February 4, 2013 / 11:51 AM / 5 years ago

RLPC-European loan bankers welcome CLO return

LONDON, Feb 4 (Reuters) - Leveraged loan bankers and fund managers are welcoming the return of CLOs in Europe, which will help fill a growing liquidity gap, but are mindful of their potential negative impact on the loan market should issuance increase too much.

The willingness to get the CLO product back in Europe has intensified as maturing CLOs are unable to reinvest and the market faces a refinancing wall of $366.7 billion of LBOs set to mature between 2013 and 2016.

The growing desire to bring CLOs back has been spurred by the red-hot US CLO market where around $8 billion of paper has been issued so far this year.

“Where there is a will there is a way, and if it’s an investment banker’s will to get CLOs going in Europe, it will definitely happen,” a leveraged finance banker said.

Fund manager Cairn Capital is marketing a 300 million euro ($410.88 million) CLO which was arranged by Credit Suisse and is Europe’s first new post-crisis CLO. Barclays is also working on a new CLO with Pramerica.

The amount of CLOs will impact the loan market in varying ways. A handful of CLOs totalling 1.5 billion-2 billion euros will provide support to the underlying loan market but will not materially impact it in terms of pricing or deal flow, bankers said.

For there to be a noticeable impact, around ten CLOs need to be issued over the next year, totalling around 5 billion euros. This will cause a modest decrease in pricing and increase the size of deals brought to market. At the same time credit and hedge funds would be able to co-exist in Europe alongside CLOs, allowing a more sophisticated loan market to evolve, bankers said.

“There is a level where new CLO formation allows for a middle ground so CLOs operate alongside credit funds. The CLOs will soak up some of the deals but will not elbow the more market driven money out,” the banker said.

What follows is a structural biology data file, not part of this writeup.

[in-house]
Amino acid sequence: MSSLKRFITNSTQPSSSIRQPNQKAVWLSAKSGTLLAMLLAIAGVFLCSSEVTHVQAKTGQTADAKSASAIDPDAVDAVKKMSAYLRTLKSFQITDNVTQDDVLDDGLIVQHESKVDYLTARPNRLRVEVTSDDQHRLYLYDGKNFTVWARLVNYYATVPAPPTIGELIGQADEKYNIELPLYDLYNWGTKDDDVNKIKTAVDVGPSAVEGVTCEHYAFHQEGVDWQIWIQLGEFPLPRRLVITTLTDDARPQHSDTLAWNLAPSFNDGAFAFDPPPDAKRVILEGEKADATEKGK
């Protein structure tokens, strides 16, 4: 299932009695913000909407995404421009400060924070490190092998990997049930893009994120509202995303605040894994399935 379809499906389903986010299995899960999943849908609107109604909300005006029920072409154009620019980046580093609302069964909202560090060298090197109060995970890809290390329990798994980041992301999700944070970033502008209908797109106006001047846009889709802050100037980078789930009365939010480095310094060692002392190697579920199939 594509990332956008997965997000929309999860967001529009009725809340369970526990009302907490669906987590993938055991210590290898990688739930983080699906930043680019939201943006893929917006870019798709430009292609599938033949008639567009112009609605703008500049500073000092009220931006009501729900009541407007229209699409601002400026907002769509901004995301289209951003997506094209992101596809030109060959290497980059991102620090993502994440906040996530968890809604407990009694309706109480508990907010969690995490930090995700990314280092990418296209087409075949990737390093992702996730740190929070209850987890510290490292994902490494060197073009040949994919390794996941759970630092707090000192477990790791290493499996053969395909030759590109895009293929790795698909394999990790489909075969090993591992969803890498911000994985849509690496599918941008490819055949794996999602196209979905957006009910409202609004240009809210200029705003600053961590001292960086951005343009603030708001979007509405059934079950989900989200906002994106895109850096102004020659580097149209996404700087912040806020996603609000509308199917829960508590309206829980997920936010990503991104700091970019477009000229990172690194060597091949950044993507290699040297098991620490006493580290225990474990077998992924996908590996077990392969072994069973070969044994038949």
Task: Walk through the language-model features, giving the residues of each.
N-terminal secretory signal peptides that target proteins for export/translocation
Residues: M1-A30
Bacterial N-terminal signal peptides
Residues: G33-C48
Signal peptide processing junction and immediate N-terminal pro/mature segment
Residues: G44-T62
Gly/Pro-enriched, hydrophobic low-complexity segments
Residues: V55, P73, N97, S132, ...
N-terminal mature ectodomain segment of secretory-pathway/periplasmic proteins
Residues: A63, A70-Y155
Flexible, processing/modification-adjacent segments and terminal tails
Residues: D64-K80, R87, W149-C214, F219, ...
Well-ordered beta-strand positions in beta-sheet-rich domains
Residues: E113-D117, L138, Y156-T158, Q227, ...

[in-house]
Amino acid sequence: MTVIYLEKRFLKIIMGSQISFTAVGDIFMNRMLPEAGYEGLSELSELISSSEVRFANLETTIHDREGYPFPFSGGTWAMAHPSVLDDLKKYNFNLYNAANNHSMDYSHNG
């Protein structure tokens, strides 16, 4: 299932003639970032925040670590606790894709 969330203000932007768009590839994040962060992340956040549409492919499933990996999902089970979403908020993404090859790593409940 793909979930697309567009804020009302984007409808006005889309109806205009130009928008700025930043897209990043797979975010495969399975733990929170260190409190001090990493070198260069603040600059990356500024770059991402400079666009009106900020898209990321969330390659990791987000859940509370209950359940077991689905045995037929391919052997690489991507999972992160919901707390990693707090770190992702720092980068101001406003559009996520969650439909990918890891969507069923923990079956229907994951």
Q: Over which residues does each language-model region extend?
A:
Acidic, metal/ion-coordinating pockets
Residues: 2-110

CLO issuance in excess of 10 billion euros would aggressively drive pricing down and push credit funds out of Europe in search of yield, leading to a lack of discipline and the market to overheat, bankers said.

“New CLOs will replace liquidity going out of the market which is a good thing but we don’t want to get to the point where the market is beholden to one source of liquidity. We need a robust market and CLOs should be a participant not the driver,” a second leveraged finance banker said.

RAISING THE BARRIERS

Although it is not certain to what extent CLOs will make a comeback, the barriers which prevented CLO issuance for years have abated. The arbitrage just about works in the current climate and will provide equity investors with a 12-14 percent return. Issuance will also not be hampered by regulation such as “skin the game” risk retention rules, bankers said.

Another hurdle is the ability to find product to fill up the CLOs and it is likely that new issues will be filled with a more diverse pool of credits such as FRNs, high-yield bonds and dollar denominated debt. Cairn is rumoured to be using a CLO redemption to provide a ready-made portfolio of loans, though the deal will only be 50 percent ramped at closing.

“A fundamental impediment to new CLO issuance is diversity as it is hard to ramp them up with product -- in the US you could get a 100 names in a week, but in Europe will take around six months to get 60-70 names, the way around it is to fill them up with not just the leveraged loan product,” another leveraged finance banker said.

Some banks, including Citigroup, have begun warehousing debt to fill potential CLOs with, while another investment bank is getting 300 million-400 million euros of product together for this purpose.

“There is enough desire on the part of the managers and potential investors to get exposure to Europe and right now arbitrage is okay. It will be slow and painful on the first two but if pricing stays where it is and there is new loan issue there could be five or so in total this year. The question is whether market conditions hold out to allow the CLO to continue to make sense and if so, how many will be issued next year,” the first banker said.

The second banker said: “If there are CLOs both arrangers and private equity will feel more confident in the availability of debt. The more confidence there is, the more deals there are which means it is easier to raise CLOs. The more CLOs the more deals that come to market. It is self- fulfilling.” ($1 = 0.7301 euros) (Reporting by Claire Ruckin; editing by Christopher Mangham)

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